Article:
Everyone should be familiar with The Princess Bride. If you are not familiar with the Princess Bride, you should close this window and go find yourself a copy of the movie. It should be pretty easy. It’s one of the most beloved fairy tale stories ever.
No seriously. Go.
As you are aware, The Princess Bride is a great story. The cast of characters includes the beautiful Princess Buttercup, the resourceful farm boy Westley, the clever Sicilian Vizzini, the sword master (or wizard- this is explained in the book) Inigo Montoya, the giant Fezzik, the Dread Pirate Roberts, the haughty Prince Humperdinck, and the evil Count Rugen. This book has everything you could ever want in a fantasy adventure story. I could give you a summary of the story, but I think the Grandfather in the movie does it best.
The Grandson: A book?
Grandpa: That's right. When I was your age, television was called books. And this is a special book. It was the book my father used to read to me when I was sick, and I used to read it to your father. And today I'm gonna read it to you.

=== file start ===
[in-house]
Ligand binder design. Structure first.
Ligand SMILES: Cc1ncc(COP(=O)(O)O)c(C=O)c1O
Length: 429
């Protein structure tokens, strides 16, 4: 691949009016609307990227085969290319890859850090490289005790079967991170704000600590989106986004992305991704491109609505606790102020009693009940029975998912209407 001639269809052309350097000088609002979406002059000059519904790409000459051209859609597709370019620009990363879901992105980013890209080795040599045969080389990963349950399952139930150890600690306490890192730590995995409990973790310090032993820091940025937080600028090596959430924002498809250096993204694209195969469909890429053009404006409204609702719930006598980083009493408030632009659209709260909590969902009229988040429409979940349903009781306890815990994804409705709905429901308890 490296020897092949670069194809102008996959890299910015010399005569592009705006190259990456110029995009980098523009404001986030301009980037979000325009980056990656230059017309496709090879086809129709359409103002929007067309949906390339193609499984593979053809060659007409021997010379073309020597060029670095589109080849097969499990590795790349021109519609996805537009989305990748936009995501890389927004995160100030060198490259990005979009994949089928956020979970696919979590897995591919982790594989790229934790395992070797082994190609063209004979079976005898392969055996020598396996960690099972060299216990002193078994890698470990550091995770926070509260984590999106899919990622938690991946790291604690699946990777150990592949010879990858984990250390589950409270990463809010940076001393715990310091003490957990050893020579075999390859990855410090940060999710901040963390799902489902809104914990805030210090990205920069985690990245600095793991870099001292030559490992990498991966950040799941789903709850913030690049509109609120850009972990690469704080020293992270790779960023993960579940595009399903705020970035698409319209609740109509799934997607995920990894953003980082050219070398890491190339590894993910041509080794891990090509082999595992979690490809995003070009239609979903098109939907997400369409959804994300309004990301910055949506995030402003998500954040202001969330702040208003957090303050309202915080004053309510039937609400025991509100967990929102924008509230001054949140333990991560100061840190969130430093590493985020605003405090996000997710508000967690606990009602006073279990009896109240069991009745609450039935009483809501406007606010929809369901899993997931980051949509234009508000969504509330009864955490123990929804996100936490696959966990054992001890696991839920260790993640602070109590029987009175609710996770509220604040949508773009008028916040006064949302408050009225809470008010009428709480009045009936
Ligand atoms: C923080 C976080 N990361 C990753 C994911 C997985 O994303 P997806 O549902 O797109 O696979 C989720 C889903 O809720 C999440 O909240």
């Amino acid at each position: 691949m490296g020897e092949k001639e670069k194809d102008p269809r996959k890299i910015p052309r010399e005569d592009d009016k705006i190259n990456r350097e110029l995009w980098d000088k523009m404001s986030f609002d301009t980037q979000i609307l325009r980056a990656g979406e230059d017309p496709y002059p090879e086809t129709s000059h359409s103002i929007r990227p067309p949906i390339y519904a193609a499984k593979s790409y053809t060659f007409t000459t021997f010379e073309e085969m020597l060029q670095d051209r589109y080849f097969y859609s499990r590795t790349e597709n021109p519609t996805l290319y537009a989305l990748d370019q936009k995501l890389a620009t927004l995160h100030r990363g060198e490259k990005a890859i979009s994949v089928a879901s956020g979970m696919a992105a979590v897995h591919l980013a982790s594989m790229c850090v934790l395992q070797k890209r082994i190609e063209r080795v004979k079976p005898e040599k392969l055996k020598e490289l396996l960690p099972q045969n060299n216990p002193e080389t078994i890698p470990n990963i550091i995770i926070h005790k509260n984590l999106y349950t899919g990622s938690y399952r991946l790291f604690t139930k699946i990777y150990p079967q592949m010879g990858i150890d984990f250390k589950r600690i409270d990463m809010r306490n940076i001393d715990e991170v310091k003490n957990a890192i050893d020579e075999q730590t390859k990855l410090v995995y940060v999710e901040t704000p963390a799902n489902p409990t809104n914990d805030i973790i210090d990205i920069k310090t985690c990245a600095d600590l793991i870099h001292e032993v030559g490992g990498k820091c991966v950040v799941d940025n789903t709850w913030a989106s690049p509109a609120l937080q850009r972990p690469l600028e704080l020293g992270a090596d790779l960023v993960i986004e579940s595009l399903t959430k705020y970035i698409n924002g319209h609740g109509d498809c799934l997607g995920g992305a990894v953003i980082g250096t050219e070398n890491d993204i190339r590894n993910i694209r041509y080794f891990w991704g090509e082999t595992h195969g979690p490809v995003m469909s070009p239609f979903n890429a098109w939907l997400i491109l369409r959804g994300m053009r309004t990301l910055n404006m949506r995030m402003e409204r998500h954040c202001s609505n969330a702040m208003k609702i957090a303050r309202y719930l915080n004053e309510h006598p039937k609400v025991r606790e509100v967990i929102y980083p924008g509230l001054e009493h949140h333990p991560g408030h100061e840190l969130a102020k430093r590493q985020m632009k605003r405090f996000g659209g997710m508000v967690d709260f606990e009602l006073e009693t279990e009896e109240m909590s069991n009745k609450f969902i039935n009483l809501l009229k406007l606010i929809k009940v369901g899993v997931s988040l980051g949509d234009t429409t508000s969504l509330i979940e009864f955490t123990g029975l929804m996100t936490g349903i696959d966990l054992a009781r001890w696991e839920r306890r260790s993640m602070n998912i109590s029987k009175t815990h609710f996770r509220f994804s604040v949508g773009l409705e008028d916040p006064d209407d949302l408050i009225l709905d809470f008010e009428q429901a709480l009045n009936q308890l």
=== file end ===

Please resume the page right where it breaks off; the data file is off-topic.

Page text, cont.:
The Grandson: Has it got any sports in it?
Grandpa: Are you kidding? Fencing, fighting, torture, revenge, giants, monsters, chases, escapes, true love, miracles...
I naturally reside in the The-Books-Are-Better-Than-The-Movies camp, so I was pleased that this book did not break that tradition. The story itself is just as wonderful and the book has the added layer of bring a fictional abridged version of the story by Simon Morgenstern.
William Goldman has used S. Morgenstern as a pseudonym in the past and this time uses him as a sort of historian for the fictional country of Florin. The book is full of little asides by Goldman as he summarizes pieces of the story he’s cut out for time. He also tells this elaborate fiction in the introductions about being read the story as a child (his father reading “only the good parts”) and trying to find a copy of S. Morgenstern’s book for his own son. It’s wonderfully woven in to the story and is an intriguing alteration to straightforward storytelling.
I’d definitely recommend this book to anyone. There is something for everyone in its pages, especially if you are already a fan of fantasy and fairy tales.